This data indicates that we were relatively effective in playing offense by passing 28 of the 47 bills SAM supported.  This data also indicates that we were quite effective in playing defense by having only 1 of the 8 opposed bills pass the legislature.  As stated in the introductory remarks, SAM was active in helping to write the bill language in several instances that passed and are now law. 

The SAM Followed Bills Priority Status Report 4-30-19 shows detailed information about the bills SAM followed and their final status in the 66th Legislative session.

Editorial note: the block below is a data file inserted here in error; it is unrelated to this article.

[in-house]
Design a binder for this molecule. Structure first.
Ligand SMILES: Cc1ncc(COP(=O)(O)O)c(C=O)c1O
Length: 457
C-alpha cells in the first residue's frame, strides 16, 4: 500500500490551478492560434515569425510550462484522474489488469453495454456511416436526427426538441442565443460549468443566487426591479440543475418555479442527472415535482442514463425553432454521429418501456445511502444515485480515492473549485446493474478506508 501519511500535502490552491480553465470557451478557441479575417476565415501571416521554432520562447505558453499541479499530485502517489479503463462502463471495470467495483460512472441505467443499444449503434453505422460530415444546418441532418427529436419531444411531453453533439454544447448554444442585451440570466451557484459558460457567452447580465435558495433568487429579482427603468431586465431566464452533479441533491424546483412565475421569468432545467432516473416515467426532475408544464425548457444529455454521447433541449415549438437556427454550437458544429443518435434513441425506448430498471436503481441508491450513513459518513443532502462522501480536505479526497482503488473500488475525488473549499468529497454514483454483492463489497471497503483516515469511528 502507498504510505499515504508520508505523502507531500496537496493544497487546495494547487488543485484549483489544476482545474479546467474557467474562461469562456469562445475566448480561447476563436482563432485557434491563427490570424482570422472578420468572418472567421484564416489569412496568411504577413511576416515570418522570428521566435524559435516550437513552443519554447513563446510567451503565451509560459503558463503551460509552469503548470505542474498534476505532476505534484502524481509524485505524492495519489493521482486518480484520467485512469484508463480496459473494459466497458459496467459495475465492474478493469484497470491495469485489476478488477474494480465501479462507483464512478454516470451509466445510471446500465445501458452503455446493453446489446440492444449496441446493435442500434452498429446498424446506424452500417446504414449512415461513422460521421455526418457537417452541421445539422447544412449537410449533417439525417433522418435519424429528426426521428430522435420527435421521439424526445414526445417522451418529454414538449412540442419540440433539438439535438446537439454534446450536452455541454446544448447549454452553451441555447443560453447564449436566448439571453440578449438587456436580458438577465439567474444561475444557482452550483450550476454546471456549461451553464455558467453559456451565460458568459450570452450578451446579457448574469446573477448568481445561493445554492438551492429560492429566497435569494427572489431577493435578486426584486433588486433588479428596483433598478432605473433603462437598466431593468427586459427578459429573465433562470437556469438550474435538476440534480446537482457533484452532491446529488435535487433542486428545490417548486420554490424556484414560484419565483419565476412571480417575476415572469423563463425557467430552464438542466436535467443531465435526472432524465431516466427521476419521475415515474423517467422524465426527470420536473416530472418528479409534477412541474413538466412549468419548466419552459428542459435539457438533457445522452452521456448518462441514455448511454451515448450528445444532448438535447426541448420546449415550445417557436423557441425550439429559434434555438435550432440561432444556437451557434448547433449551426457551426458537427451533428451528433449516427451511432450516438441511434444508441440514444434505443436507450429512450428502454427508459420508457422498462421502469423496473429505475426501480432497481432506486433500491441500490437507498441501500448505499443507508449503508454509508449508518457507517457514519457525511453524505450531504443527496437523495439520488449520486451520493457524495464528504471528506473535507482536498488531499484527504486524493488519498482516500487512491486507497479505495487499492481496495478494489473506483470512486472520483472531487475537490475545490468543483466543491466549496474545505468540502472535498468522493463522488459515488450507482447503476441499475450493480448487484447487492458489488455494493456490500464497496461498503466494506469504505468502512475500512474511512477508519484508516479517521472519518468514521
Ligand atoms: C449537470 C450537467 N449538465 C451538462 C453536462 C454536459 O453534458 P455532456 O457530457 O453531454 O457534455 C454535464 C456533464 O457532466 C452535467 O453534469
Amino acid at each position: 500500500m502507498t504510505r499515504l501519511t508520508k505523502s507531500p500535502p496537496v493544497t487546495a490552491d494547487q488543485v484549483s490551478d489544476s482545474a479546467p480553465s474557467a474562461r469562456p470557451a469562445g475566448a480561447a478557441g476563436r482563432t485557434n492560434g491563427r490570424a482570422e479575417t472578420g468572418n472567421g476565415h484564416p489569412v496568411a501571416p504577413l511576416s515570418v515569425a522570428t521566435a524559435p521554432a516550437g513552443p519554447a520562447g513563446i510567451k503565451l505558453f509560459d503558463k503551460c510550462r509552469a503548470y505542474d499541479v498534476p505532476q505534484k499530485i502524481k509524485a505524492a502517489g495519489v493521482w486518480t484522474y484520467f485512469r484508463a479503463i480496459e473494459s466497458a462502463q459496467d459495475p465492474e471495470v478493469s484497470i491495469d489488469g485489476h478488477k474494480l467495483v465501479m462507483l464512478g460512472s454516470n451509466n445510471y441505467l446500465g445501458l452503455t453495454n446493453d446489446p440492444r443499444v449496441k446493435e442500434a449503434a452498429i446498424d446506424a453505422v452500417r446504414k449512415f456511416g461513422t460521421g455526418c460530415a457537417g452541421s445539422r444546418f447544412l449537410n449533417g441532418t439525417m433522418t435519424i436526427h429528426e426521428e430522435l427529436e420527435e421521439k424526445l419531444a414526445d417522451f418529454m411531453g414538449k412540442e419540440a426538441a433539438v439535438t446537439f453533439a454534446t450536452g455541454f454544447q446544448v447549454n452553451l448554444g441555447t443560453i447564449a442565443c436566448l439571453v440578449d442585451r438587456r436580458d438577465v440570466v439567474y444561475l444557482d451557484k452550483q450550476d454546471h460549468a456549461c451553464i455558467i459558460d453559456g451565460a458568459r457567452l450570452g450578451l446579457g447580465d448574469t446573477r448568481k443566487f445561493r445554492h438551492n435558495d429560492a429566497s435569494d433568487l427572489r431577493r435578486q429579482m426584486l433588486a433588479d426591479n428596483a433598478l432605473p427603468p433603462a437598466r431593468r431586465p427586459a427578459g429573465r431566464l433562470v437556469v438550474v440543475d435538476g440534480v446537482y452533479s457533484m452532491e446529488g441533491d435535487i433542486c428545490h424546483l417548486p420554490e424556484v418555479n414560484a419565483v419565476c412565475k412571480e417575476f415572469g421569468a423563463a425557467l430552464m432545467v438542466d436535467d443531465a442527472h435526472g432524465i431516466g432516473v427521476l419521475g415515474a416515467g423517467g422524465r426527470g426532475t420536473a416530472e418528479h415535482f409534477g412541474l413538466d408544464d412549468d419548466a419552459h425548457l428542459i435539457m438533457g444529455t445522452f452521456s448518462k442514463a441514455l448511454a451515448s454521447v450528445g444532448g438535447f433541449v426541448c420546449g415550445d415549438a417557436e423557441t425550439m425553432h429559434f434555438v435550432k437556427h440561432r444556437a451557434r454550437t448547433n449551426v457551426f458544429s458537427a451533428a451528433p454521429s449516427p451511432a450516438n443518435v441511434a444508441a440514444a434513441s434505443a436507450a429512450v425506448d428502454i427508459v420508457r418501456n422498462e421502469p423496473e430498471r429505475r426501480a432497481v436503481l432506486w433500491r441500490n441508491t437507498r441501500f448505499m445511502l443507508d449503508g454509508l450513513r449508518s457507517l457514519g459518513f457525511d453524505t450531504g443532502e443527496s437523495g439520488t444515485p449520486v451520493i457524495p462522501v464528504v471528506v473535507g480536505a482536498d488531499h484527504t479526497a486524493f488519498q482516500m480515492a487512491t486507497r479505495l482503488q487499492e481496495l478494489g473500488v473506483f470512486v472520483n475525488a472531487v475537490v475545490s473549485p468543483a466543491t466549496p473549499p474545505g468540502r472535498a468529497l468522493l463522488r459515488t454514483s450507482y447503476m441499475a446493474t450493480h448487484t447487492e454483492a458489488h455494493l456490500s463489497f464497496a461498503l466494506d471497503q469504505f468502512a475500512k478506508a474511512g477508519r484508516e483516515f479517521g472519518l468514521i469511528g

Following the Session, the focus of SAM and MT-PEC has turned to the development of professional learning (training PD) for our members to leverage flexibility and resources during times of scarcity.  Helping our school administrators develop an understanding of the flexibility and resources resulting from the 2019 legislative session actions and that of previous legislative sessions is of highest priority this spring, summer and into the fall of 2019.  An example would be full understanding of the ability to develop early childhood education authorized under current law, notably the exceptional circumstances clause of MCA 20-5-101(3), as a way to provide opportunities in your district to our youngest learners.  You can expect to see this professional learning opportunity at the SAM Administrators Institute 2019 in July, and also at MCEL in October 2019.  SAM will make this effort because we know that our members, administrators all across the state, will benefit from learning about all of the opportunities that flexibility and resources can bring to their schools, and the impact it will have on creating learning opportunities for the students served in those schools.